The Legacy of Ford Motor Company
|Topics: Ford Motor Company
March 18, 2009
Ford was founded in 1903 as a joint venture between Henry Ford, John and Horace Dodge (who would later go on to start Dodge) and nine other investors with a combined $28,000 in cash. A converted factory was used to produce the first vehicles and only a few cars a day were produced in the beginning.
By 1908, Henry Ford had realized his dream of producing a vehicle that was priced within reach of the common man. The Model T would go on to become one of the most popular cars in the world. There was such a huge demand for the vehicle that the company opened a new larger factory in Highland Park, MI. Total production of the Model T would exceed 15 million before it was retired in 1927.
It was at this new factory that the idea of a moving assembly line was first introduced. Parts would be delivered to workers at each station and that worker would be responsible for adding one component to the vehicle that would then move on to the next station. This revolutionary new concept reduced assembly time per vehicle subsequently lowering the costs of production. The popularity and affordability of the Model T helped Ford become the largest automobile manufacturer in the world.
During the 1910’s and 1920’s, Ford went to work on developing his latest vision. Along the banks of the Rouge River in Dearborn Michigan, construction began on a industrial complex that could mass produce all the components necessary to completely assemble an automobile, from raw materials all the way through to the finished product. The massive complex included a steel mill, glass factory and an automobile assembly line. Iron ore was brought in from the great lakes and forges and foundries transformed the raw iron ore to finished steel and then into everything needed to produce a vehicle from springs and axles to engine blocks and cylinder heads. By the fall of 1927, all steps in the manufacturing process from refining raw materials to final assembly took place at the massive plant. It was the world’s largest industrial complex at the time and characterized Henry Ford’s original ideas of mass production.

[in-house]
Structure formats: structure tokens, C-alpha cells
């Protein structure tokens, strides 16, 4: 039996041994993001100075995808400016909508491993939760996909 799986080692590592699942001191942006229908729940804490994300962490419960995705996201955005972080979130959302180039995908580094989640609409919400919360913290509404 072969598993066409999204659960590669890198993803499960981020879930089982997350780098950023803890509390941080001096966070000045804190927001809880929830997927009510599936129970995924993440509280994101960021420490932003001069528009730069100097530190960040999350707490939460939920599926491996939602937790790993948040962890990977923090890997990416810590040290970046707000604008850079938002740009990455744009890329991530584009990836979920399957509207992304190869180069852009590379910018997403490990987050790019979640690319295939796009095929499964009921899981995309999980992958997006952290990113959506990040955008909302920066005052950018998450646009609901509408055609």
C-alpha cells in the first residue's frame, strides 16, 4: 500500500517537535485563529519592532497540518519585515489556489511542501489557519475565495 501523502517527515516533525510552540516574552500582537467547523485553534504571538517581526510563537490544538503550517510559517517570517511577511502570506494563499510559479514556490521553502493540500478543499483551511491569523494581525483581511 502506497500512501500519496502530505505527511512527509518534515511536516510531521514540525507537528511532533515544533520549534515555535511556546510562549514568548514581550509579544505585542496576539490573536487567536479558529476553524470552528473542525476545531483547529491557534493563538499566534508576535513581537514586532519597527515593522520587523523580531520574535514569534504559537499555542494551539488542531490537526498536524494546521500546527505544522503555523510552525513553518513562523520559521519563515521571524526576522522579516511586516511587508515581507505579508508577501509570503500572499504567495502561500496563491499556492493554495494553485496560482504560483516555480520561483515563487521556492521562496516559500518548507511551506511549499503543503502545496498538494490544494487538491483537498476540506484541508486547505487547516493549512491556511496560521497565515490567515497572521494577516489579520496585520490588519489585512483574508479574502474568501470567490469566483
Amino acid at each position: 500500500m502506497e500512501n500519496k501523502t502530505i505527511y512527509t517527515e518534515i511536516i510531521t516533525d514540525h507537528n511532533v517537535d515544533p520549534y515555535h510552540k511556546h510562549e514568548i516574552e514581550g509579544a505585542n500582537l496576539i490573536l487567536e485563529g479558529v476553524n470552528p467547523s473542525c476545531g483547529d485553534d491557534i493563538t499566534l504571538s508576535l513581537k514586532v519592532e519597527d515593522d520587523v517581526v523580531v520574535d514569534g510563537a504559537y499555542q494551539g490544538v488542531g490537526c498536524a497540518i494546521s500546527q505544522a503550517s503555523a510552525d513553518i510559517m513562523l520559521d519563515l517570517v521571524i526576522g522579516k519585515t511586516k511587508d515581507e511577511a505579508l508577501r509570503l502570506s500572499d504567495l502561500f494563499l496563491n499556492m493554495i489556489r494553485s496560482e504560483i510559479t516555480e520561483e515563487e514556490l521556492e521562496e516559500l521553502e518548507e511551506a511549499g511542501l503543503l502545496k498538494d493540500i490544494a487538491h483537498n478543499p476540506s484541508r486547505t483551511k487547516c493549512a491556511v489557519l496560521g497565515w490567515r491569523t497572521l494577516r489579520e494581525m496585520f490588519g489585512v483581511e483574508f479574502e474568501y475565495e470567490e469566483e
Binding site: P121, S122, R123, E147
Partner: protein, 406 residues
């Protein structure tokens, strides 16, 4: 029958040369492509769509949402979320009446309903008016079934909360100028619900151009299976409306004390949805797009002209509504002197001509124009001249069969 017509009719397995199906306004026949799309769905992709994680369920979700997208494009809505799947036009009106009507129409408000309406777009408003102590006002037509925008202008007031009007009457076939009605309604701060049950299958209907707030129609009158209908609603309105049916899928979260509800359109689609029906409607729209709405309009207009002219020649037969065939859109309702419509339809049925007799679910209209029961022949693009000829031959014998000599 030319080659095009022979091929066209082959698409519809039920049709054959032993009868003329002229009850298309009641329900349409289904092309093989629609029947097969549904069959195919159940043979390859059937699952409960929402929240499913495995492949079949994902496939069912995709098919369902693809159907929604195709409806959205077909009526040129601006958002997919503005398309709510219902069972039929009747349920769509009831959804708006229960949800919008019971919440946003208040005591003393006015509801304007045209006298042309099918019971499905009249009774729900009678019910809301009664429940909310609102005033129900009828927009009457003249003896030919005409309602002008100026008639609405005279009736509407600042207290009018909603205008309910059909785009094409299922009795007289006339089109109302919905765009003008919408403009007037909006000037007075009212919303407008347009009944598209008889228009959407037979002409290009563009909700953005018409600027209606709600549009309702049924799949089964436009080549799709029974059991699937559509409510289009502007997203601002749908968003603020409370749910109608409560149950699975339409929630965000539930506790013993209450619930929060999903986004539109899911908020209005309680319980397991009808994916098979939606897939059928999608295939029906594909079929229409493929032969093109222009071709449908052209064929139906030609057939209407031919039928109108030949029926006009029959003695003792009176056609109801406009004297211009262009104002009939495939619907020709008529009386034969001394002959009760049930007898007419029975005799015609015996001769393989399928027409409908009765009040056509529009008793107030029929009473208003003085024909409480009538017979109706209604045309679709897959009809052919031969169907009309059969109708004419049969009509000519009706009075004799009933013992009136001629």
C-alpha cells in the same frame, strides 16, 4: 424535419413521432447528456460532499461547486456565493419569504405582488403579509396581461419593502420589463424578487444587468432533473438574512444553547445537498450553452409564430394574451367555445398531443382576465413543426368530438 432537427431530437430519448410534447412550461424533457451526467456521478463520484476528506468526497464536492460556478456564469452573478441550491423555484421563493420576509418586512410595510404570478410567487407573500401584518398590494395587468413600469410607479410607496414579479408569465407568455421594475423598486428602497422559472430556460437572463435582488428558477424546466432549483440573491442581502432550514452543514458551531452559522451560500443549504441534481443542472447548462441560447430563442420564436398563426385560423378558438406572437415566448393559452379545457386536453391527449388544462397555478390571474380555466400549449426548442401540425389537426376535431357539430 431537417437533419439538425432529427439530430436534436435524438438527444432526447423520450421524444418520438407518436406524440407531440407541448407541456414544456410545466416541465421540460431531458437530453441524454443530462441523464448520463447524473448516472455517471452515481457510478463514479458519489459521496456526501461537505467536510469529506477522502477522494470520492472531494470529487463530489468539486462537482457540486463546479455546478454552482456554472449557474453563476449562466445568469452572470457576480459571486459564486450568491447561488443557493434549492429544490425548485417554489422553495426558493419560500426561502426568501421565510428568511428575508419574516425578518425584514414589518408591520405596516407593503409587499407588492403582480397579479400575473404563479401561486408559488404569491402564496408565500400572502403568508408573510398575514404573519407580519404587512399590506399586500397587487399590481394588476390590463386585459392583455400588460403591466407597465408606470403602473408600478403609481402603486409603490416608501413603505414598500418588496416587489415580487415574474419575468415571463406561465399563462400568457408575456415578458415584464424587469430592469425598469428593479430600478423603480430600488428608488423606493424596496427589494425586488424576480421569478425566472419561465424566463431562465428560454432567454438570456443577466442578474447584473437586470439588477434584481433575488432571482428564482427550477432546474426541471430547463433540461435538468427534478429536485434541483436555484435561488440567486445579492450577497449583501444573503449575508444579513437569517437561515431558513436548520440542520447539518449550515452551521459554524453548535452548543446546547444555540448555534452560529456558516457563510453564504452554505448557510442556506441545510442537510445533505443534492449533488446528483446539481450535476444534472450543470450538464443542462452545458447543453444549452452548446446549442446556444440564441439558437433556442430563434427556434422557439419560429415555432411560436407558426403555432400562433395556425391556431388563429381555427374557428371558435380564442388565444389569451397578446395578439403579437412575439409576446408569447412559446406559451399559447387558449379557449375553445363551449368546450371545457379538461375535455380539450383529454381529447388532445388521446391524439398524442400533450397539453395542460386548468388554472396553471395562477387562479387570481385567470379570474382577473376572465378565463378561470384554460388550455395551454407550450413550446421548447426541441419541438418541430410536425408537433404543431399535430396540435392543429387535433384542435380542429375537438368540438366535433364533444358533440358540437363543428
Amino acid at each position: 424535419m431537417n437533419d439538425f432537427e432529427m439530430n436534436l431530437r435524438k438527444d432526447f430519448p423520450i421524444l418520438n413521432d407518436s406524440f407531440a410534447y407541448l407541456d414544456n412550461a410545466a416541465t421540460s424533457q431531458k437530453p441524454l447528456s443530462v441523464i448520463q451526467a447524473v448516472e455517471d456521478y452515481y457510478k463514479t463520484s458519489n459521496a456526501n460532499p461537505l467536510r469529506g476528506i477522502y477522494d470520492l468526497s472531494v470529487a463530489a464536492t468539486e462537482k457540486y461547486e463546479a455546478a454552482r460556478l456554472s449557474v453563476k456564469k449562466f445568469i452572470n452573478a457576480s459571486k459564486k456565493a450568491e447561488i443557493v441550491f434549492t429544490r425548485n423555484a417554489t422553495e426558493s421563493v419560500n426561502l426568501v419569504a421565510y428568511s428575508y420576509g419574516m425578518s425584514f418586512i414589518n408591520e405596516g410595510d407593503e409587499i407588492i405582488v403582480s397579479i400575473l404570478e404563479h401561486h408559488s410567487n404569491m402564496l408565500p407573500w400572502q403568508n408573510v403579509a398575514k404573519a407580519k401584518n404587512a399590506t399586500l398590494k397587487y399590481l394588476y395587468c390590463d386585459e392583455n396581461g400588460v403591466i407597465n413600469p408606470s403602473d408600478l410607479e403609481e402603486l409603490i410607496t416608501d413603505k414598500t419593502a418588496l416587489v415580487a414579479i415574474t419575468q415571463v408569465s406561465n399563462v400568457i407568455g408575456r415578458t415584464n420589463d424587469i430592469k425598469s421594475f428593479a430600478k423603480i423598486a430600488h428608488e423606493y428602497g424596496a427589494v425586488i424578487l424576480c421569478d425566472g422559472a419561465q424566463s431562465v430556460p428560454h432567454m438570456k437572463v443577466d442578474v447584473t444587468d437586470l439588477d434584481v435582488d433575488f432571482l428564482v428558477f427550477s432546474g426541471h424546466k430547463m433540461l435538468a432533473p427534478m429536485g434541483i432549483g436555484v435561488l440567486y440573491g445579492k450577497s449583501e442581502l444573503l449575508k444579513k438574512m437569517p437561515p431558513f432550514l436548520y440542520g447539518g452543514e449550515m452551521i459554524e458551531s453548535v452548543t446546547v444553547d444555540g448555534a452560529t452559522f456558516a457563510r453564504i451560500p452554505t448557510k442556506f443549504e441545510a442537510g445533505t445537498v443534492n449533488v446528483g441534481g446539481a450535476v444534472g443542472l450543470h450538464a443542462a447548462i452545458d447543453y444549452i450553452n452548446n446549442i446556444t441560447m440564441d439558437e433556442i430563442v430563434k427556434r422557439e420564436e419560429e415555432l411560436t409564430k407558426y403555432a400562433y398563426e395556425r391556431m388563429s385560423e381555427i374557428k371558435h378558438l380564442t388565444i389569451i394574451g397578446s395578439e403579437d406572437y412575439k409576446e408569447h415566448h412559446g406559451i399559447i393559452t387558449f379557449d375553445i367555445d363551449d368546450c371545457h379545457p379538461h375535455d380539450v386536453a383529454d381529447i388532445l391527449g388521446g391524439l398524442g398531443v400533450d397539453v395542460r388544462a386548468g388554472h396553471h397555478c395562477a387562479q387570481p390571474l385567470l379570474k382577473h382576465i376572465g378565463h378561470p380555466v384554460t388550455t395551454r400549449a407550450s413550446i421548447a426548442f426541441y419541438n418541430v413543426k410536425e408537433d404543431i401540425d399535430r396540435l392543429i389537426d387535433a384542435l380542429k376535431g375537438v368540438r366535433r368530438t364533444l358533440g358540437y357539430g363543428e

Ford was one of the few automobile companies to survive the great depression and is still one of the largest family controlled companies in the world. As a matter fact, Ford Motor Company has been in continuous family control for over 100 years and two members of the Ford family sit on the board today, William Clay Ford and his son William Clay Ford Jr.
In 2007, Ford fell from the second ranked automaker to third in United States sales for the first time in 56 years. This places them behind General Motors who occupies the second spot and Toyota who is currently number one.
It remains to be seen if Ford Motor Company will survive the worst economic climate since the Great Depression, however if it has retained any of the vision of its founder then surely this greatest of American car manufacturers will find away to endure. From the Model T, to the Mustang through to the newest concept the Ecoboost, Ford has shown that it has the innovation and determination to not just survive but to succeed. The 21st century may well put all of this to the test, however. The landscape has changed for the automobile manufacturer and only time will tell us which ones have what it takes to ride out this economic storm.
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